• Dr. Cathy O’Neil’s Blog (Mathbabe) Cathy O’Neil is the Program Director of The Lede Program. Prior to Columbia, she was a data scientist in the New York startup scene and co-authored the book Doing Data Science.  She blogs daily at mathbabe.org, appears weekly on Slate’s The Big Money podcast, and is active in Occupy Wall Street’s Alternative Banking group.  She has written considerably on education, and in particular her  views on the use of value-added modeling to evaluate teaching.  You can read her value-added posts here.
  • Audrey Amrein-Beardsey at Vamboozled!  This blog, founded by Dr. Amrein-Beardsley as the lead blogger, focuses on research-based analyses of teacher evaluation, teacher accountability, and value-added models used the nation’s public schools.  She is Associate Professor of Education at Arizona State University.  As a university professor, she has taken the lead in contributing to public debates about education, especially the use of value-added models to rate teachers. In addition to the Vamboozled blog, I recommend Dr. Amrein-Beardsley’s book, Rethinking Value-Added Models in Education: Critical Perspectives on Tests and Assessment-Based Accountability (Library Copy).

Inquiry

E-valuating Teaching: It Doesn’t Add Up

In this inquiry, we ask if it is a practical system to use student achievement test scores as a measure of teacher effectiveness.  Is the system viable, and will such a system have a detrimental affect on student learning.

The following are few articles that were posted on the Art of Teaching Science blog that focus on these questions.  You can find many more of these articles here and here.

 

What’s Common Here: Teacher Education, Authoritarian Reform, Poverty, & Charter Schools?

In this first blog post in nearly two months, I want to introduce you to four areas of inquiry that have been explored on this blog over the past 10 years.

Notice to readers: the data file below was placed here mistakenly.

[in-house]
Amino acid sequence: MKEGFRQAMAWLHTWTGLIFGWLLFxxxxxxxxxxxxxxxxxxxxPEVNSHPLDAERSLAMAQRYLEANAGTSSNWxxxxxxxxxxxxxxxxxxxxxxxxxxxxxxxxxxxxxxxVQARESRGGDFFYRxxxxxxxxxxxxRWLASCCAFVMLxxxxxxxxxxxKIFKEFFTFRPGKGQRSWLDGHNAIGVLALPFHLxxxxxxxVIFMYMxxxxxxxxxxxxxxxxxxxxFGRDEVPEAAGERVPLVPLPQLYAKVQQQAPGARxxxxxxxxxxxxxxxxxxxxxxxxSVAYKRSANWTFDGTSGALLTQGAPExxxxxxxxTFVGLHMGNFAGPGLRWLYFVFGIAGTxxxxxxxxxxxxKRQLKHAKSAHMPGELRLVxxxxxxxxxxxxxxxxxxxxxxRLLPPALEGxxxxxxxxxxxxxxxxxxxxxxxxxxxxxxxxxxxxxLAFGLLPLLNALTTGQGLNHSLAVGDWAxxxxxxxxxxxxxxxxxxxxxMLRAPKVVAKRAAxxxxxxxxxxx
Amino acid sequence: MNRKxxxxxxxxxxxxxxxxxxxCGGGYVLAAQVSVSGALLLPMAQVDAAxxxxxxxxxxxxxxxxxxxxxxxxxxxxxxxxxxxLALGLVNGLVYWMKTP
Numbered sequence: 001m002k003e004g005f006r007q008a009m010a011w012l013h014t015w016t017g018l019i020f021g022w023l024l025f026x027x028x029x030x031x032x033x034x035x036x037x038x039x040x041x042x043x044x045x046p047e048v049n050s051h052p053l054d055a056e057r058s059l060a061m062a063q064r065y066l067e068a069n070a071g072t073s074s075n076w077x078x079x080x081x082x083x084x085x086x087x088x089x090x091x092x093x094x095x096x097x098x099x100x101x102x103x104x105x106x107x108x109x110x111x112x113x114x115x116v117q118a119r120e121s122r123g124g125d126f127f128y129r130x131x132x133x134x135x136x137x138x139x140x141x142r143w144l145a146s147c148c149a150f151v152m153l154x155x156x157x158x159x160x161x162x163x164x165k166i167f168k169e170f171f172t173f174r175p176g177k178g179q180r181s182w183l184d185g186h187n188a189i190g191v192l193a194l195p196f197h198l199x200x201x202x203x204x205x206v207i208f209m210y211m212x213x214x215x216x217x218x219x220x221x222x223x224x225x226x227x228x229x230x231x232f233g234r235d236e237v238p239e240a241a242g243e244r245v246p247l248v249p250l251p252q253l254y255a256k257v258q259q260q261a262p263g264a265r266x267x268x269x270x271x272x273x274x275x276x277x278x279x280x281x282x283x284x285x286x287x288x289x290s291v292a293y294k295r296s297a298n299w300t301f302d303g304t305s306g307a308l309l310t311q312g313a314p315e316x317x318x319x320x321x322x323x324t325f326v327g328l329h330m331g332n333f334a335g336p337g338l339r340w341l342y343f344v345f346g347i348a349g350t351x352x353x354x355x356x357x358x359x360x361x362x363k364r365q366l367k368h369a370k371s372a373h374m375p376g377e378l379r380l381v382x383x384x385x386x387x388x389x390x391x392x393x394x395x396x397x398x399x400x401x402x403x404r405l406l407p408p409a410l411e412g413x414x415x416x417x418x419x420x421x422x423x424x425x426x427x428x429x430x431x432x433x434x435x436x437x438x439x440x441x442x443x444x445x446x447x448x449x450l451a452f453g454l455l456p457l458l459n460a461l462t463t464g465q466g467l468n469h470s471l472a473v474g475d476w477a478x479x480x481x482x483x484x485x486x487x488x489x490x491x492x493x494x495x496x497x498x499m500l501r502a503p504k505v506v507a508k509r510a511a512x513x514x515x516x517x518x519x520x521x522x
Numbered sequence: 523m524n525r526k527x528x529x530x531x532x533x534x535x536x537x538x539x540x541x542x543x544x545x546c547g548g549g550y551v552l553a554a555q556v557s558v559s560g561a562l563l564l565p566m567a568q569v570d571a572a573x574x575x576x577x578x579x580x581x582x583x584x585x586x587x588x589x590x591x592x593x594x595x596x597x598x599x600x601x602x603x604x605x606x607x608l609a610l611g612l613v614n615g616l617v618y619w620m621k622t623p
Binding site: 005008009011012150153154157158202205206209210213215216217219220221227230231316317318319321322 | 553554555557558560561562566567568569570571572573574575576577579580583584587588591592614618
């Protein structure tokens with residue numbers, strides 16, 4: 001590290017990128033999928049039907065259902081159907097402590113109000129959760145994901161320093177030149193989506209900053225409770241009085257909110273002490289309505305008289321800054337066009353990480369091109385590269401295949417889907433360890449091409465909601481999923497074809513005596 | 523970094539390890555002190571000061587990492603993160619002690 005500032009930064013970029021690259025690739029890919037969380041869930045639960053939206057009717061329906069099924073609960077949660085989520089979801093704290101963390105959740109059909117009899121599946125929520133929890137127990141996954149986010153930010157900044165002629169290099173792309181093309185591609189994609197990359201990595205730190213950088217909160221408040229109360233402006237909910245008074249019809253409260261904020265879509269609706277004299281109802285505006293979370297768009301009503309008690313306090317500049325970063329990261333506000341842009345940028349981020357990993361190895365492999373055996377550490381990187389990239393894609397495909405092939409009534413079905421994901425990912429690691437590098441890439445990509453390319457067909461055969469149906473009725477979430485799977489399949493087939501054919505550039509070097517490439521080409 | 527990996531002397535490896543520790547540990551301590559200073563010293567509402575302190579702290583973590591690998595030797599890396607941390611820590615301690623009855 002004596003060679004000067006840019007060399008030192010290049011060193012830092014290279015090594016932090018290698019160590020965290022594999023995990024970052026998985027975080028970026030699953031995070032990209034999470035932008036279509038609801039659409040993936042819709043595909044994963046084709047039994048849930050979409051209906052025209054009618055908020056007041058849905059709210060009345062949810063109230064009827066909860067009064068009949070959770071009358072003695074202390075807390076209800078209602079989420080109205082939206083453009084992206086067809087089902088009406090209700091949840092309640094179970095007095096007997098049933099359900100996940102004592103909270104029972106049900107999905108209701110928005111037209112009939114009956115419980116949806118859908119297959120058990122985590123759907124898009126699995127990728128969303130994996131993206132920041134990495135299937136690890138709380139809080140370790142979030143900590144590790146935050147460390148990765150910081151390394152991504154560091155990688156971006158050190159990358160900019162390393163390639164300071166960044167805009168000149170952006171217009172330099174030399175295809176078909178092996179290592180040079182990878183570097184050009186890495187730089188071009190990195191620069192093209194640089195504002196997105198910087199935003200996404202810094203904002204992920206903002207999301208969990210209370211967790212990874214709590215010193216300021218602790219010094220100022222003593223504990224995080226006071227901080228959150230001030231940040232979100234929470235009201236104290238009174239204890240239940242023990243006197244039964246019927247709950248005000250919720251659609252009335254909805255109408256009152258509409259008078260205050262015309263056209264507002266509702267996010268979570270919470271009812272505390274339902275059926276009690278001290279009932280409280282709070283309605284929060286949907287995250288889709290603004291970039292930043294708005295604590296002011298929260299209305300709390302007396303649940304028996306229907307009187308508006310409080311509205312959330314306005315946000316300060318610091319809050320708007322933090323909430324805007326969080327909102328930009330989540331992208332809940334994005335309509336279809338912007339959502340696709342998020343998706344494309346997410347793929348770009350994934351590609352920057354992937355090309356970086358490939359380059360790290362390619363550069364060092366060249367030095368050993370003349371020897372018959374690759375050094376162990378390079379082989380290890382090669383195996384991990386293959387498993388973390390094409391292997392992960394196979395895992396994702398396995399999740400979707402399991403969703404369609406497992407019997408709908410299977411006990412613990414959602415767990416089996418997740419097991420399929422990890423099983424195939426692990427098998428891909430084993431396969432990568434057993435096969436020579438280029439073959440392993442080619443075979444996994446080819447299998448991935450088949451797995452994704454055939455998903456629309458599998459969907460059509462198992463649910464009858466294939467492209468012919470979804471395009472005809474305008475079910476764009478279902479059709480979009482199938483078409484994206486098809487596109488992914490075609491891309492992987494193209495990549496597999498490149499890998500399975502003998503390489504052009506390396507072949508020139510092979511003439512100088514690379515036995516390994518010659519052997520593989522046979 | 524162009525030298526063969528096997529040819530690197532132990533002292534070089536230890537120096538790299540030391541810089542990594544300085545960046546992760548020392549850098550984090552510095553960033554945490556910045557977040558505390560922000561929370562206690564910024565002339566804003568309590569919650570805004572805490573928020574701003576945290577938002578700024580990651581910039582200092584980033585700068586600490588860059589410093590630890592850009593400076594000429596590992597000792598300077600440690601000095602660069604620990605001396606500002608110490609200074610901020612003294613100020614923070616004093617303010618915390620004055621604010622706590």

Over the next month, I’ll be uploading links to landing pages, each of which is a kind of inquiry or an investigation of themes that appeared on the Art of Teaching Science Blog.

Inquiries

The first four areas of inquiry are up on the blog website, and they are:

  • Assault on Teacher Education:  The assault on teacher education is being led by neoliberal and conservative ideologues who want to de-professionalize teaching, and one of the places to do this is by attacking the nation’s colleges and universities that prepare teachers.
  • Authoritarian Reform: In this inquiry, I am going to explore another movement that has historically played a role to oppose corporate, authoritarian, un-democratic, and right-wing policies and beliefs, and that is the work and wish of progressives, who have played a role in American history, starting with the American revolution.
  • Effect of Poverty on Learning:  There are bloggers and researchers who understand the nature of poverty and its effects, and why journalists, bureaucrats, politicians, corporate executives, and the billionaire boys club reformers either whitewash or simply avoid the problem. In fact, we have entered a period of “no excuses education,” which is held up as the option of “choice,” especially for families living in poor communities.
  • Charter Schools: In Whose Interest?:  Charter schools are seen as a cure-all to raise test scores of American students. It kind of like a philosopher’s stone, or a 19th century elixir, to serve as an antidote for the ills of traditional public schools. Many policymakers are motivated by the delusion that choice and competition are the answers to solving problems facing our schools.  In this inquiry, we’ll explore the underlying rationale for charter schools (the rationale has moved from one of true curriculum development by teachers, to a cash cow for charter management companies). When you look carefully at charter schools, they do not offer the kind of choice they claim in press releases and other public statements.

Future inquiries include:

  • High Stakes Testing and Teacher Evaluation
  • The National Council on Teacher Quality & the Art fox Ineptness
  • Politics and Influence Peddling
  • Progressive Pedagogy
  • Questioning Standards-Based Education
  • Stealth Appearances of Intelligent Design

Welcome back to the Art of Teaching Science blog.